Major kiwifruit producer Zespri successfully defends IP rights

Zespri has emerged victorious in a 2018 civil action brought in New Zealand against a kiwifruit grower and their Whakatane-based company.

On 14 February 2020, kiwifruit producer Zespri announced the successful result of legal action taken against a kiwifruit grower who brought the global brand’s protected plant material from New Zealand to China where it has continued to spread, as well as the awarding of almost US$15 million in damages.

The civil action was launched in New Zealand in 2018 against Haoyu Gao, his wife Xia Xue and their company Smiling Face Limited, after Zespri discovered that two of their protected kiwifruit varieties had been taken to China and propagated by Mr Gao and his associates.

Mr Gao was held to have fraudulently offered to sell Zespri’s varieties as well as the right to licence them to parties in China – a right exclusively retained by the Mount Maunganui-based company, facilitated the planting of Zespri’s varieties on Chinese orchards and breached his contractual obligation to notify Zespri of any infringement that they were aware of.

Zespri’s Chief Grower and Alliances Officer Dave Courtney lauded the decision, stating that the company had been “investigating the spread of unauthorised plantings of its varieties in China and has identified parties associated with Mr Gao, as well as others who were involved in the establishment of SunGold in China and who knowingly misled Chinese investors and growers to plant Zespri’s varieties without authorisation”.

In late 2019, Zespri announced it would take legal action under Chinese plant variety rights legislation, and the recent successful outcome in New Zealand reinforces Zespri’s efforts in pursuing all parties involved in or supporting the unauthorised spread of their varieties.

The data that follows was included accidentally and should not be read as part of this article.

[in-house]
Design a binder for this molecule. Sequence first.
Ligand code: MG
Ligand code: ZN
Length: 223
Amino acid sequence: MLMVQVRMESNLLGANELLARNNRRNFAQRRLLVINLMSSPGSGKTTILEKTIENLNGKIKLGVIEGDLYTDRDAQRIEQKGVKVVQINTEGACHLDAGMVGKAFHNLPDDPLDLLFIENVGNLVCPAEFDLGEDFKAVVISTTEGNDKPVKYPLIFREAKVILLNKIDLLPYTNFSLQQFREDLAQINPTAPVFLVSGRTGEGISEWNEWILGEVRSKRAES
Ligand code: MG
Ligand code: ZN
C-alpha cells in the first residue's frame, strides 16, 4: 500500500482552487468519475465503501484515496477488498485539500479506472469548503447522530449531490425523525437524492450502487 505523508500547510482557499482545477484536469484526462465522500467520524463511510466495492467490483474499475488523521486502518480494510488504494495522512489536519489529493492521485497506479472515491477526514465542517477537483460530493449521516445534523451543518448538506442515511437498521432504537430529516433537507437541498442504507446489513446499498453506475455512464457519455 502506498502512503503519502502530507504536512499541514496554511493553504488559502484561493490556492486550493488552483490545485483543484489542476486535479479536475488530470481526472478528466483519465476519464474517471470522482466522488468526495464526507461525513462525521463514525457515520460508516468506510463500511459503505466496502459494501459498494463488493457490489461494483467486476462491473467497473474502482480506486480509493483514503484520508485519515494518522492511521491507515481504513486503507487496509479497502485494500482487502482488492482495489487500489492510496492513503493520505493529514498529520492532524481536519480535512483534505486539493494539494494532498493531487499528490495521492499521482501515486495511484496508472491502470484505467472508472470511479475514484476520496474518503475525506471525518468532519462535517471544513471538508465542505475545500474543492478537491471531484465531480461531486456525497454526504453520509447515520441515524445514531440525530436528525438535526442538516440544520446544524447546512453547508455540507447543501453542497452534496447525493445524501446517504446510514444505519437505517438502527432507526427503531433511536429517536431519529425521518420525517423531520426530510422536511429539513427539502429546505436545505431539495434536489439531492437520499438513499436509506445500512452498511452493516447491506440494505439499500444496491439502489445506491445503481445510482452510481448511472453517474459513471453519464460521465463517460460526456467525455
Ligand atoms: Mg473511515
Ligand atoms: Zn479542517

Mr Courtney added that the Chinese Government has strong Plant Variety Right legislation which it is in the process of strengthening further, alongside enforcement provisions. He went on to state that “A critical aspect of the Court’s decision was the recognition of the multi-lateral standards of protection that are afforded all International Union for the Protection of New Varieties of Plants (UPOV) members. That framework was an important part of the Court’s ability to find for Zespri, despite some aspects of the infringing activity occurring cross-border or in another country”.

“New Zealand and China are both in the process of bringing their PVR legislation into line with the latest UPOV standards, and this decision is a clear recognition of the importance of governments continuing to progress multi-lateral protection mechanisms for innovation and intangible assets”.

Moving forward, Zespri will now consider its options in China in relation to Mr Gao and his associates, as well as seek to collect the damages awarded.